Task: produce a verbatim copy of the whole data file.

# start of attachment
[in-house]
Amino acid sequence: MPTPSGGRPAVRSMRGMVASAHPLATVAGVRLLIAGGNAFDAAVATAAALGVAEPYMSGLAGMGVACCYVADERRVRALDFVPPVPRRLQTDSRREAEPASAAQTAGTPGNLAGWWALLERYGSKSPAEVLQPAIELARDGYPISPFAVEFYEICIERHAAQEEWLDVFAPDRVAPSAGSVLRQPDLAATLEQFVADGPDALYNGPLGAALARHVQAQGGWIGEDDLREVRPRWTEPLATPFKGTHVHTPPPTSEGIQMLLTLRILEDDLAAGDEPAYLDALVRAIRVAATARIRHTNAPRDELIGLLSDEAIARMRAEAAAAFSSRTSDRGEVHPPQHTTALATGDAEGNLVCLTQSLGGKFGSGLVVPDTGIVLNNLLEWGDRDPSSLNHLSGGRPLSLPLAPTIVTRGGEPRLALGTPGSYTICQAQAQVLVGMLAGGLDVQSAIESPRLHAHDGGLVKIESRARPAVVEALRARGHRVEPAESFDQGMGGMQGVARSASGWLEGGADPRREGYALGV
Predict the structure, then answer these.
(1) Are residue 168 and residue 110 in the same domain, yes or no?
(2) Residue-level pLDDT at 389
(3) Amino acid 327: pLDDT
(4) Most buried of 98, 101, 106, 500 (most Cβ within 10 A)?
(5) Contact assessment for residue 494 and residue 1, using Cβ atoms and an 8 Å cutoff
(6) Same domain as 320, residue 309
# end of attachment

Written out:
[in-house]
Amino acid sequence: MPTPSGGRPAVRSMRGMVASAHPLATVAGVRLLIAGGNAFDAAVATAAALGVAEPYMSGLAGMGVACCYVADERRVRALDFVPPVPRRLQTDSRREAEPASAAQTAGTPGNLAGWWALLERYGSKSPAEVLQPAIELARDGYPISPFAVEFYEICIERHAAQEEWLDVFAPDRVAPSAGSVLRQPDLAATLEQFVADGPDALYNGPLGAALARHVQAQGGWIGEDDLREVRPRWTEPLATPFKGTHVHTPPPTSEGIQMLLTLRILEDDLAAGDEPAYLDALVRAIRVAATARIRHTNAPRDELIGLLSDEAIARMRAEAAAAFSSRTSDRGEVHPPQHTTALATGDAEGNLVCLTQSLGGKFGSGLVVPDTGIVLNNLLEWGDRDPSSLNHLSGGRPLSLPLAPTIVTRGGEPRLALGTPGSYTICQAQAQVLVGMLAGGLDVQSAIESPRLHAHDGGLVKIESRARPAVVEALRARGHRVEPAESFDQGMGGMQGVARSASGWLEGGADPRREGYALGV
Predict the structure, then answer these.
(1) Are residue 168 and residue 110 in the same domain, yes or no?
(2) Residue-level pLDDT at 389
(3) Amino acid 327: pLDDT
(4) Most buried of 98, 101, 106, 500 (most Cβ within 10 A)?
(5) Contact assessment for residue 494 and residue 1, using Cβ atoms and an 8 Å cutoff
(6) Same domain as 320, residue 309